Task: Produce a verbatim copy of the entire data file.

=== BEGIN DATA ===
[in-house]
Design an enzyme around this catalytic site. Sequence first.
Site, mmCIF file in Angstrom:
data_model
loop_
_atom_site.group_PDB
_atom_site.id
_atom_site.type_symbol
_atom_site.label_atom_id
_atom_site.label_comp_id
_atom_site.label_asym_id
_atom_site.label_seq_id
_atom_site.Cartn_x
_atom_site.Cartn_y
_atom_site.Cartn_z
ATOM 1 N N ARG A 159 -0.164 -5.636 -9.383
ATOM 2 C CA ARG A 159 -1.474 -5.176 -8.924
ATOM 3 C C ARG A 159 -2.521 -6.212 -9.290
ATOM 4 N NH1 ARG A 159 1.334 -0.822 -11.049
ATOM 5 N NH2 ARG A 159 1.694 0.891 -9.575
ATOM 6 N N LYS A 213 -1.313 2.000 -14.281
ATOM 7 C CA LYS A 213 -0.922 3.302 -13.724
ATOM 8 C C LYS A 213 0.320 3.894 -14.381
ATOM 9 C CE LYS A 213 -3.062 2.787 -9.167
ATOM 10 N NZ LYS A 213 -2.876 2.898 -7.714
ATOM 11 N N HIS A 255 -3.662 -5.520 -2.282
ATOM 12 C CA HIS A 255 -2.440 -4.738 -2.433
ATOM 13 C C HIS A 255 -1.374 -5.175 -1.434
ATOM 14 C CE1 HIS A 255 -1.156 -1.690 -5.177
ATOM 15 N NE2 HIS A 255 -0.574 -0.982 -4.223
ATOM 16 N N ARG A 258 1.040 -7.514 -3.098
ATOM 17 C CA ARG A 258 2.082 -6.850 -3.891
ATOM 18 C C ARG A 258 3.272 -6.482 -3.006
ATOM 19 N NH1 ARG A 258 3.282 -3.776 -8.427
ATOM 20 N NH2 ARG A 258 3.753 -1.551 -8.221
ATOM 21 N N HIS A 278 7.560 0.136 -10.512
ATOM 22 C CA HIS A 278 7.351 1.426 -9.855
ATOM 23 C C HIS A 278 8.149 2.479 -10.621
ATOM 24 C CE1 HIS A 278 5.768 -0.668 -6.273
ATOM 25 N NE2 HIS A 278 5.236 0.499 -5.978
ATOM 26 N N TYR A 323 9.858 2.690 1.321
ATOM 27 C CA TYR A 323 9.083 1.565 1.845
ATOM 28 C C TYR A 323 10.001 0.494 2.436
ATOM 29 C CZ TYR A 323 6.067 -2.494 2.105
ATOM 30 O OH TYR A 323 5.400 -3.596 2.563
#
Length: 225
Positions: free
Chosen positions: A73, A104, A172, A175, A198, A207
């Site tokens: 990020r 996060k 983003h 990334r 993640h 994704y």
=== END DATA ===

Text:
[in-house]
Design an enzyme around this catalytic site. Sequence first.
Site, mmCIF file in Angstrom:
data_model
loop_
_atom_site.group_PDB
_atom_site.id
_atom_site.type_symbol
_atom_site.label_atom_id
_atom_site.label_comp_id
_atom_site.label_asym_id
_atom_site.label_seq_id
_atom_site.Cartn_x
_atom_site.Cartn_y
_atom_site.Cartn_z
ATOM 1 N N ARG A 159 -0.164 -5.636 -9.383
ATOM 2 C CA ARG A 159 -1.474 -5.176 -8.924
ATOM 3 C C ARG A 159 -2.521 -6.212 -9.290
ATOM 4 N NH1 ARG A 159 1.334 -0.822 -11.049
ATOM 5 N NH2 ARG A 159 1.694 0.891 -9.575
ATOM 6 N N LYS A 213 -1.313 2.000 -14.281
ATOM 7 C CA LYS A 213 -0.922 3.302 -13.724
ATOM 8 C C LYS A 213 0.320 3.894 -14.381
ATOM 9 C CE LYS A 213 -3.062 2.787 -9.167
ATOM 10 N NZ LYS A 213 -2.876 2.898 -7.714
ATOM 11 N N HIS A 255 -3.662 -5.520 -2.282
ATOM 12 C CA HIS A 255 -2.440 -4.738 -2.433
ATOM 13 C C HIS A 255 -1.374 -5.175 -1.434
ATOM 14 C CE1 HIS A 255 -1.156 -1.690 -5.177
ATOM 15 N NE2 HIS A 255 -0.574 -0.982 -4.223
ATOM 16 N N ARG A 258 1.040 -7.514 -3.098
ATOM 17 C CA ARG A 258 2.082 -6.850 -3.891
ATOM 18 C C ARG A 258 3.272 -6.482 -3.006
ATOM 19 N NH1 ARG A 258 3.282 -3.776 -8.427
ATOM 20 N NH2 ARG A 258 3.753 -1.551 -8.221
ATOM 21 N N HIS A 278 7.560 0.136 -10.512
ATOM 22 C CA HIS A 278 7.351 1.426 -9.855
ATOM 23 C C HIS A 278 8.149 2.479 -10.621
ATOM 24 C CE1 HIS A 278 5.768 -0.668 -6.273
ATOM 25 N NE2 HIS A 278 5.236 0.499 -5.978
ATOM 26 N N TYR A 323 9.858 2.690 1.321
ATOM 27 C CA TYR A 323 9.083 1.565 1.845
ATOM 28 C C TYR A 323 10.001 0.494 2.436
ATOM 29 C CZ TYR A 323 6.067 -2.494 2.105
ATOM 30 O OH TYR A 323 5.400 -3.596 2.563
#
Length: 225
Positions: free
Chosen positions: A73, A104, A172, A175, A198, A207
């Site tokens: 990020r 996060k 983003h 990334r 993640h 994704y």